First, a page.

That this transition has begun in post-Reform Russia is again an undoubted fact. This fact shows the line of development of the bonded form, which the Narodniks view in a purely metaphysical way—disregarding connections with the past, disregarding the urge to develop; this same fact shows the further development of capitalism, the further   development of the class contradiction that is peculiar to our capitalist society and that in the preceding epoch was expressed in the relation between the “kulak” and the peasant, and is now beginning to find expression in the relation between the rational farmer and the farm labourer and day labourer.

Now it is this latter change that evokes the despair and horror of the Narodnik, who begins to howl about “deprivation of the land,” “loss of independence,” “installation of capitalism” and the ills “threatening” as a result, etc., etc.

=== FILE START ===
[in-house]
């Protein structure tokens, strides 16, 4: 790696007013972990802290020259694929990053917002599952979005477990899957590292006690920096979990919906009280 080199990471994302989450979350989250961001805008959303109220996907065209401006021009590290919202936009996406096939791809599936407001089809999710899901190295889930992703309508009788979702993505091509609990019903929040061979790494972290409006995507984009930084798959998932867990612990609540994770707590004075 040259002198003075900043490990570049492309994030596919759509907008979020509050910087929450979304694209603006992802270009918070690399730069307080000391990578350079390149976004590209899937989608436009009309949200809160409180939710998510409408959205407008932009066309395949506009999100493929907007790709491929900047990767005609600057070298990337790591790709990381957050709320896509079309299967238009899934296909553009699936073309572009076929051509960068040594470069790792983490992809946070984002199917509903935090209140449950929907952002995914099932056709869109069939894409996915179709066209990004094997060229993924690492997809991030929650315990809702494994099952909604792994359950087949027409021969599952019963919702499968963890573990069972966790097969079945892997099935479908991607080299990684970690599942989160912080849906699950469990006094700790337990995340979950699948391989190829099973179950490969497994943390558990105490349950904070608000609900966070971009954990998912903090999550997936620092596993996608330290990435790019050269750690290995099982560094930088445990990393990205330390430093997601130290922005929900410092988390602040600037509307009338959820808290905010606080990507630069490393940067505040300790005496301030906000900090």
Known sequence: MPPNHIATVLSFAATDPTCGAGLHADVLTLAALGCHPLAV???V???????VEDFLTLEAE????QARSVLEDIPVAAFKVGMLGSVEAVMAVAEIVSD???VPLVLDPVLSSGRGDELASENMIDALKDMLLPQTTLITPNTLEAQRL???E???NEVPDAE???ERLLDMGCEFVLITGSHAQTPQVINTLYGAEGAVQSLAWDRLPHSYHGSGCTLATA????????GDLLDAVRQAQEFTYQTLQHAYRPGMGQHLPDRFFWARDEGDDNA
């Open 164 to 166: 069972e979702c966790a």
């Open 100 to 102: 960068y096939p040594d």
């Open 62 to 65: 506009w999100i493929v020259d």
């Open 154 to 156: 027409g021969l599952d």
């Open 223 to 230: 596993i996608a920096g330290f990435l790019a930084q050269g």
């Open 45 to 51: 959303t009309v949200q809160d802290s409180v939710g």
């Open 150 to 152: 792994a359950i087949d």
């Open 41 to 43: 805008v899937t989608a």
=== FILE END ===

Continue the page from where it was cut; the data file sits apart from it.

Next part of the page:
Look at these arguments impartially and you will see, firstly, that they contain a falsehood, even though a well-intentioned one, since the economy of farm labourers is not preceded by peasant “independence” but by other ways of handing the surplus product over to some one who takes no part in its production. Secondly, you will see the superficiality and the pettiness of the Narodnik protest, which make it vulgar socialism, as Mr. Struve aptly puts it. Why is this “installation” merely seen in its second form, and not in both forms? Why is the protest not directed against the basic historical fact that concentrated the means of production in the hands of “private landowners,” instead of merely against one of the methods of utilising this monopoly? Why is the root of the evil not seen in production relations that subordinate labour far and wide to the owner of money, instead of merely in the inequality of distribution that stands out in such relief in the latest form of these relations? It is this basic circumstance—a protest against capitalism based on those same capitalist relations—that makes the Narodniks the ideologists of the petty bourgeoisie, who do not fear bourgeois reality, but merely its accentuation, which alone leads to a fundamental change.